Stromal regulation of vessel stability by MMP14 and TGFbeta.
SourceDisease Models & Mechanisms, 3, 5-6, (2010), pp. 317-332
Article / Letter to editor
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Disease Models & Mechanisms
SubjectONCOL 3: Translational research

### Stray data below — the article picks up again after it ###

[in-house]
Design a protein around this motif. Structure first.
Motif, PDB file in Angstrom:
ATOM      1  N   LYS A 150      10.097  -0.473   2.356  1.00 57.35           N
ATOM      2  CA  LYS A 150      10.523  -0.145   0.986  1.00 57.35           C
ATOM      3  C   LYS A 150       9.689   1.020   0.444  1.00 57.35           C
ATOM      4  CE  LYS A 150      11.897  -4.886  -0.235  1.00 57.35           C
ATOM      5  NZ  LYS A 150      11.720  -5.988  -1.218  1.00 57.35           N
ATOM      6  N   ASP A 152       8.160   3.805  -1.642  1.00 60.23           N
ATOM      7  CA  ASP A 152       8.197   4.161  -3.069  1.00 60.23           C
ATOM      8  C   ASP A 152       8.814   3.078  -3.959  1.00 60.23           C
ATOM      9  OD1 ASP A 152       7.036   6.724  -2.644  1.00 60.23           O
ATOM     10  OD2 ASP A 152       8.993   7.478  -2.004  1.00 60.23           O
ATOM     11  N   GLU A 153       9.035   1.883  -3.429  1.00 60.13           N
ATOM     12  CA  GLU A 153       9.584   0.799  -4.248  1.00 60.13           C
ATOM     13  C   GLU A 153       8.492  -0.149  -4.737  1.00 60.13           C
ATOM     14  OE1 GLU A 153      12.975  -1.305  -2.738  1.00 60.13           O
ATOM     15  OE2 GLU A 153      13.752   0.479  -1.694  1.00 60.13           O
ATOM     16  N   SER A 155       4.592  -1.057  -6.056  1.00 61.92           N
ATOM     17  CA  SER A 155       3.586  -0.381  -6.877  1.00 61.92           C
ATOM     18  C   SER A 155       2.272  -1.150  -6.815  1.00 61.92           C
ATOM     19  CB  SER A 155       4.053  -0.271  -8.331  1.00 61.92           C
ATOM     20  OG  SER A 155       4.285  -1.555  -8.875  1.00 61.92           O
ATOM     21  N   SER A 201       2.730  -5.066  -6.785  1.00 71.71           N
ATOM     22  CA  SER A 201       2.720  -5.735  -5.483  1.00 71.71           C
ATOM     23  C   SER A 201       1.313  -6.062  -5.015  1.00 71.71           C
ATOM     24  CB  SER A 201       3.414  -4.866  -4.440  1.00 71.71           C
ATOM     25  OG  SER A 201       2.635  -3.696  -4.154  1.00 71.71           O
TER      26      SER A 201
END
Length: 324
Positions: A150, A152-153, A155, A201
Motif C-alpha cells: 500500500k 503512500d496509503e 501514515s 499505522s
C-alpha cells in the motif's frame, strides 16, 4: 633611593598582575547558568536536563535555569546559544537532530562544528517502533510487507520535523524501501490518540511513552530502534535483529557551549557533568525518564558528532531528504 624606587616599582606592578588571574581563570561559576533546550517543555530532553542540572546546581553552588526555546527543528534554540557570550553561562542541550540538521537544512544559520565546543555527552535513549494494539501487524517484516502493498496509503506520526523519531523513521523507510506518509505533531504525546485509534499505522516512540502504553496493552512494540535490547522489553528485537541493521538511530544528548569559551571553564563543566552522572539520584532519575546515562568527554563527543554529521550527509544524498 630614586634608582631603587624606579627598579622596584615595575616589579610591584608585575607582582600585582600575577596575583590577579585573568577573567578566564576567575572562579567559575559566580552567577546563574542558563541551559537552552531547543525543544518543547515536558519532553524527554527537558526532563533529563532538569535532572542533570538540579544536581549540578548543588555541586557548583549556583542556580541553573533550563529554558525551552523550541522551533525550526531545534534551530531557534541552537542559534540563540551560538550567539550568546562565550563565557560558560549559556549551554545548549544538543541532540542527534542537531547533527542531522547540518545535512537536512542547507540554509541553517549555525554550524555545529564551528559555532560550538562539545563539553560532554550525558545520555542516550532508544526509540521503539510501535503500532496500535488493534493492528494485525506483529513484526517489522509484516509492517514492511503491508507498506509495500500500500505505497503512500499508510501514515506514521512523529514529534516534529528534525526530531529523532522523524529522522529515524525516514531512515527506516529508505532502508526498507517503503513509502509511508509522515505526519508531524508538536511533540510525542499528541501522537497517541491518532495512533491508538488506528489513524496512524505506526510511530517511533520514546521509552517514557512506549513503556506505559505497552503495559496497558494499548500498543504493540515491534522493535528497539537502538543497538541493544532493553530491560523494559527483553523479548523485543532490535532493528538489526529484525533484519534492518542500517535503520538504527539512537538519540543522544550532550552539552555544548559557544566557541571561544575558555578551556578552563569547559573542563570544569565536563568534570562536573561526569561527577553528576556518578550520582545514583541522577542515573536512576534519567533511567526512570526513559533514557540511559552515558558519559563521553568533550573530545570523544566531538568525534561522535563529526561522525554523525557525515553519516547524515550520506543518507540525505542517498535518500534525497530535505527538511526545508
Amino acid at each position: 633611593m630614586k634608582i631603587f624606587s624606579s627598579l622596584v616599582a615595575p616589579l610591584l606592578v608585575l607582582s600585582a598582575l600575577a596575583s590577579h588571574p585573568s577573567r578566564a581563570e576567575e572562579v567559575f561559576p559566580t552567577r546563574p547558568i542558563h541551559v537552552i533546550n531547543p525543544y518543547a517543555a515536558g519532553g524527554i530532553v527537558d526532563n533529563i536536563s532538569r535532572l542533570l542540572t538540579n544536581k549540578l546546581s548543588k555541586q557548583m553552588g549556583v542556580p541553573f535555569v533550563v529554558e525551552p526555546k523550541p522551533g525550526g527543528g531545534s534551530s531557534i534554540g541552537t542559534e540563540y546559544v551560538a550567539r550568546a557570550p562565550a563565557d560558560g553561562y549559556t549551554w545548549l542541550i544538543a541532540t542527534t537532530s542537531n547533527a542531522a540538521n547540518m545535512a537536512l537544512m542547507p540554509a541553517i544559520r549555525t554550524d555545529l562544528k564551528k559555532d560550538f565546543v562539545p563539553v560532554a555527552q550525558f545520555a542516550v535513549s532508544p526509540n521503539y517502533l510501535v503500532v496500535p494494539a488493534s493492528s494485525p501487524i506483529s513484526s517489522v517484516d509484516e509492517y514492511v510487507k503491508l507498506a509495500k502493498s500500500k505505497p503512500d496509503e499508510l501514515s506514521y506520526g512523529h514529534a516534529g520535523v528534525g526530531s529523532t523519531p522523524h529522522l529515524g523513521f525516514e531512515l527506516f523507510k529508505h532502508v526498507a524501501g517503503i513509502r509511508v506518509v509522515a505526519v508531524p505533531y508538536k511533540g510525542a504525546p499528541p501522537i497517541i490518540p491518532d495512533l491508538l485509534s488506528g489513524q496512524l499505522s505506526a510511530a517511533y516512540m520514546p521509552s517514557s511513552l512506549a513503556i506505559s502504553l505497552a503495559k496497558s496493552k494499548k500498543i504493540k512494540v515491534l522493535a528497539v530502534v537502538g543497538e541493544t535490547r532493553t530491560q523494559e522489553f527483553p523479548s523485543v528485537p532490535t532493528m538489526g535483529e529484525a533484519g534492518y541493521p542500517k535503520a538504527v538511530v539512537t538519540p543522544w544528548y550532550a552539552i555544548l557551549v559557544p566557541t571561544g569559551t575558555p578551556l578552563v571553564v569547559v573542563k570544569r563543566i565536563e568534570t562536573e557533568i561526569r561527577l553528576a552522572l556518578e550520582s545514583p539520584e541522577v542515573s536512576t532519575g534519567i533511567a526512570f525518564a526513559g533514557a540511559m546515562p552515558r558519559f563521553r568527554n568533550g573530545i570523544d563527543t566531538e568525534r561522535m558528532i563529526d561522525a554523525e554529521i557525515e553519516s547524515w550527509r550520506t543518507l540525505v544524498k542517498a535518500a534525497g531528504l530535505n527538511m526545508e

Innate regulatory networks within organs maintain tissue homeostasis and facilitate rapid responses to damage. We identified a novel pathway regulating vessel stability in tissues that involves matrix metalloproteinase 14 (MMP14) and transforming growth factor beta 1 (TGFbeta(1)). Whereas plasma proteins rapidly extravasate out of vasculature in wild-type mice following acute damage, short-term treatment of mice in vivo with a broad-spectrum metalloproteinase inhibitor, neutralizing antibodies to TGFbeta(1), or an activin-like kinase 5 (ALK5) inhibitor significantly enhanced vessel leakage. By contrast, in a mouse model of age-related dermal fibrosis, where MMP14 activity and TGFbeta bioavailability are chronically elevated, or in mice that ectopically express TGFbeta in the epidermis, cutaneous vessels are resistant to acute leakage. Characteristic responses to tissue damage are reinstated if the fibrotic mice are pretreated with metalloproteinase inhibitors or TGFbeta signaling antagonists. Neoplastic tissues, however, are in a constant state of tissue damage and exhibit altered hemodynamics owing to hyperleaky angiogenic vasculature. In two distinct transgenic mouse tumor models, inhibition of ALK5 further enhanced vascular leakage into the interstitium and facilitated increased delivery of high molecular weight compounds into premalignant tissue and tumors. Taken together, these data define a central pathway involving MMP14 and TGFbeta that mediates vessel stability and vascular response to tissue injury. Antagonists of this pathway could be therapeutically exploited to improve the delivery of therapeutics or molecular contrast agents into tissues where chronic damage or neoplastic disease limits their efficient delivery.
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